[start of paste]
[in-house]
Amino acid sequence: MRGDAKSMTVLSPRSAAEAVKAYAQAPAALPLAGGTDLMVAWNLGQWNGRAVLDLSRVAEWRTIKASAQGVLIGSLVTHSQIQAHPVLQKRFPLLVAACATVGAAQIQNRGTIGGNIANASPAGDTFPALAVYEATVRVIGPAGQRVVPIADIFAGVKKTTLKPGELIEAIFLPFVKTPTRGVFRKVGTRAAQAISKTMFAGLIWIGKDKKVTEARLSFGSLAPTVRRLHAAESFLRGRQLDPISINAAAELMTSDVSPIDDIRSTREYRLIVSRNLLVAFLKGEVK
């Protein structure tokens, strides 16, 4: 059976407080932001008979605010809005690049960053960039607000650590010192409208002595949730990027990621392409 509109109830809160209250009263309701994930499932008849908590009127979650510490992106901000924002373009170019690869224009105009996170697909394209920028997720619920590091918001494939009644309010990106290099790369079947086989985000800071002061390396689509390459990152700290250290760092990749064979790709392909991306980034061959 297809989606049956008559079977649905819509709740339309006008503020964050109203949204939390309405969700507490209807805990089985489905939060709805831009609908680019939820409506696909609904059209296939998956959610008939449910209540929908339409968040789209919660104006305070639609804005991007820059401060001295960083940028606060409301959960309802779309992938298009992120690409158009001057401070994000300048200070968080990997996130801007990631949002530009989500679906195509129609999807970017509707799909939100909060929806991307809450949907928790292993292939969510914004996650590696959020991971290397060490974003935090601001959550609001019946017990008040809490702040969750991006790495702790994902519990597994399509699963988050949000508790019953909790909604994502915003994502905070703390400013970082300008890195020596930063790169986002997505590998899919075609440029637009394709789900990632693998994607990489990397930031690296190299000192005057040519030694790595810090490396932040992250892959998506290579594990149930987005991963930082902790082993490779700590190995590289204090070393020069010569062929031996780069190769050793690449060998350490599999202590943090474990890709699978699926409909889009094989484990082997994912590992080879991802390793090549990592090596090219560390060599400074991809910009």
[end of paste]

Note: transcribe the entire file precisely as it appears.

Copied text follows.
[in-house]
Amino acid sequence: MRGDAKSMTVLSPRSAAEAVKAYAQAPAALPLAGGTDLMVAWNLGQWNGRAVLDLSRVAEWRTIKASAQGVLIGSLVTHSQIQAHPVLQKRFPLLVAACATVGAAQIQNRGTIGGNIANASPAGDTFPALAVYEATVRVIGPAGQRVVPIADIFAGVKKTTLKPGELIEAIFLPFVKTPTRGVFRKVGTRAAQAISKTMFAGLIWIGKDKKVTEARLSFGSLAPTVRRLHAAESFLRGRQLDPISINAAAELMTSDVSPIDDIRSTREYRLIVSRNLLVAFLKGEVK
């Protein structure tokens, strides 16, 4: 059976407080932001008979605010809005690049960053960039607000650590010192409208002595949730990027990621392409 509109109830809160209250009263309701994930499932008849908590009127979650510490992106901000924002373009170019690869224009105009996170697909394209920028997720619920590091918001494939009644309010990106290099790369079947086989985000800071002061390396689509390459990152700290250290760092990749064979790709392909991306980034061959 297809989606049956008559079977649905819509709740339309006008503020964050109203949204939390309405969700507490209807805990089985489905939060709805831009609908680019939820409506696909609904059209296939998956959610008939449910209540929908339409968040789209919660104006305070639609804005991007820059401060001295960083940028606060409301959960309802779309992938298009992120690409158009001057401070994000300048200070968080990997996130801007990631949002530009989500679906195509129609999807970017509707799909939100909060929806991307809450949907928790292993292939969510914004996650590696959020991971290397060490974003935090601001959550609001019946017990008040809490702040969750991006790495702790994902519990597994399509699963988050949000508790019953909790909604994502915003994502905070703390400013970082300008890195020596930063790169986002997505590998899919075609440029637009394709789900990632693998994607990489990397930031690296190299000192005057040519030694790595810090490396932040992250892959998506290579594990149930987005991963930082902790082993490779700590190995590289204090070393020069010569062929031996780069190769050793690449060998350490599999202590943090474990890709699978699926409909889009094989484990082997994912590992080879991802390793090549990592090596090219560390060599400074991809910009």